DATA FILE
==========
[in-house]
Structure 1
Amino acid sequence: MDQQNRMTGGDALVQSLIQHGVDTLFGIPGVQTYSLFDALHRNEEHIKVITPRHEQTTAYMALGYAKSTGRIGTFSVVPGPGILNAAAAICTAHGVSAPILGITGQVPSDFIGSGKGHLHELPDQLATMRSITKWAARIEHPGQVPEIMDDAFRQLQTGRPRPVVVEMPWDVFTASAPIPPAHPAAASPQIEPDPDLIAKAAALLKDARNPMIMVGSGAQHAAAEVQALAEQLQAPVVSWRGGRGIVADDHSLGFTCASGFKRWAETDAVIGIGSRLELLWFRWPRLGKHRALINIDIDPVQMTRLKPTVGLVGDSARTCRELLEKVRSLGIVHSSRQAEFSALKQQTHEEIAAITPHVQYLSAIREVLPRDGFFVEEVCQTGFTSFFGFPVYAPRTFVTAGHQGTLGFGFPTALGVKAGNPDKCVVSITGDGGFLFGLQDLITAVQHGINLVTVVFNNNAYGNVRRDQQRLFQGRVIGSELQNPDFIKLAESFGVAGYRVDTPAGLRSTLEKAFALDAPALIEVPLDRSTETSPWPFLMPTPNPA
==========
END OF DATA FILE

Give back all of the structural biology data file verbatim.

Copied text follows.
[in-house]
Structure 1
Amino acid sequence: MDQQNRMTGGDALVQSLIQHGVDTLFGIPGVQTYSLFDALHRNEEHIKVITPRHEQTTAYMALGYAKSTGRIGTFSVVPGPGILNAAAAICTAHGVSAPILGITGQVPSDFIGSGKGHLHELPDQLATMRSITKWAARIEHPGQVPEIMDDAFRQLQTGRPRPVVVEMPWDVFTASAPIPPAHPAAASPQIEPDPDLIAKAAALLKDARNPMIMVGSGAQHAAAEVQALAEQLQAPVVSWRGGRGIVADDHSLGFTCASGFKRWAETDAVIGIGSRLELLWFRWPRLGKHRALINIDIDPVQMTRLKPTVGLVGDSARTCRELLEKVRSLGIVHSSRQAEFSALKQQTHEEIAAITPHVQYLSAIREVLPRDGFFVEEVCQTGFTSFFGFPVYAPRTFVTAGHQGTLGFGFPTALGVKAGNPDKCVVSITGDGGFLFGLQDLITAVQHGINLVTVVFNNNAYGNVRRDQQRLFQGRVIGSELQNPDFIKLAESFGVAGYRVDTPAGLRSTLEKAFALDAPALIEVPLDRSTETSPWPFLMPTPNPA